Before I get into our results, let me first share some jewelry category context. What we’re seeing in our proprietary data is that consumers shopping at lower price points, primarily buying discretionary fashion items or with lower incomes are being impacted most directly by macroeconomic pressures. We believe lower jewelry price tiers are also seeing the most negative impact from deep discounting in apparel and other fashion and discretionary categories. So in general, jewelry price points below $500 are seeing steep decline, with price points below $1,000 also being negatively impacted.

Conversely, higher price point items are showing more strength. And this is reflected in the fastest jewelry growth being luxury price tiers followed by accessible luxury. What’s particularly interesting is that our proprietary customer research for Kay, Jared and Zales is showing relative strength in what we call considered purchases. That is sentimental items over $1,000, like engagement rings, anniversary bands and other sentimental gifts, are outperforming their categories. Our strategies around consumer insights, banner differentiation, and tiering up into accessible luxury are allowing us to lean into these trends. So while Q2 was a mix of headwinds and tailwinds, we responded to these precisely as our company is now designed to do.

We drove growth in bridal and our biggest banners, especially in the $4,000 to $5,000 price range, where revenue increased 11% versus last year, and all banners grew 15% In aggregate for purchases in the $10,000 plus price range. We grew services nearly 7%, which has a higher margin profile and drives traffic to our stores. We reduced core inventory, excluding Diamonds Direct, almost 2% versus last year with more efficient data-driven assortment and flexible fulfillment. This is enabling us to quickly respond to changes in consumer trends, maximize newness and limit clearance.

With that context, let’s take a closer look at how we’re doing across our four growth strategies and why we believe we’re building moats of competitive advantage that will lead to long-term profitable share growth. Winning in our biggest businesses is our first Where to Play strategy, and bridal is a big part of the story this quarter. We estimate that our bridal share is now approximately 30%. This is a real advantage, driven by the high consumer awareness of our banners, our leadership marketing spend and personalized always-on media approach. Our connected commerce presence, which is unrivaled in the jewelry category ensures that we’re uniquely able to meet our customers needs, whenever, wherever and however they want to engage.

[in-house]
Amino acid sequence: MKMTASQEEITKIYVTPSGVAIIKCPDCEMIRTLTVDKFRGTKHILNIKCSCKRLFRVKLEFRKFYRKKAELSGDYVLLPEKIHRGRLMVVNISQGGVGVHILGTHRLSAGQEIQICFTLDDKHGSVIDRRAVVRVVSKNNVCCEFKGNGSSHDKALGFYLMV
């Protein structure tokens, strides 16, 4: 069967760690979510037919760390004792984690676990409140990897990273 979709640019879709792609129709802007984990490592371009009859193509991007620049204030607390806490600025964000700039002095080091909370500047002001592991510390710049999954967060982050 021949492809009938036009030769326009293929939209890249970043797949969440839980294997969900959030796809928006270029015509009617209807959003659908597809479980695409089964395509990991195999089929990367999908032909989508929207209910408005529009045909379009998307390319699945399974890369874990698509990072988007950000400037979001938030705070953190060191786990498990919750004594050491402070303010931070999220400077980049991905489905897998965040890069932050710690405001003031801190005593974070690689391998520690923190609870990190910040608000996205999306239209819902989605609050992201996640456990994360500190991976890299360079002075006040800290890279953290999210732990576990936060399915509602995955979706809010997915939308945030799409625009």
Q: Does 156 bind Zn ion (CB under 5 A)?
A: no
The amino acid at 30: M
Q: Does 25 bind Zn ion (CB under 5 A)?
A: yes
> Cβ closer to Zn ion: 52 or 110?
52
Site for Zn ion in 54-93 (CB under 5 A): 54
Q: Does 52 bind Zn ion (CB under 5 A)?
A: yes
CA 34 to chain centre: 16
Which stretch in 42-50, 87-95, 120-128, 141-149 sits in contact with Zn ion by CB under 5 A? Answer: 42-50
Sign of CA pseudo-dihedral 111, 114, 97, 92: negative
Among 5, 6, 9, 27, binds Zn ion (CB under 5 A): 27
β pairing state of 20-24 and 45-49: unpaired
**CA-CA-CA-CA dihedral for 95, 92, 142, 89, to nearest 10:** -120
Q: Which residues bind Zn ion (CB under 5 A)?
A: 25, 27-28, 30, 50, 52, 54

Relevance plus readiness is a powerful combination. And it is precisely the combination we’ve built with our portfolio of highly differentiated banners, our optimized footprint of brick-and-mortar stores and our expanding digital capabilities and experiences. As predicted, 2022 has become the year of the wedding, with 2.5 million weddings expected this year. In addition, with in-person events growing, we’ve seen an increase in pre-wedding and other wedding related events, which are great opportunities for gifting.

In fact, our data suggests that jewelry represents 43% of the gifts shared at wedding-related celebrations, including gifts for the bridal party, mothers and a couple of themselves, making this a $1.9 billion opportunity in the U.S. Because Signet delights so many couples with engagement ring purchases, we’re now focused on making the most of all wedding opportunities. We’ve made changes to our assortments, services and marketing, and are creating new digital content, online shopping guides and targeted media campaigns, all to serve our customers throughout their special events and capture the entire value of the wedding.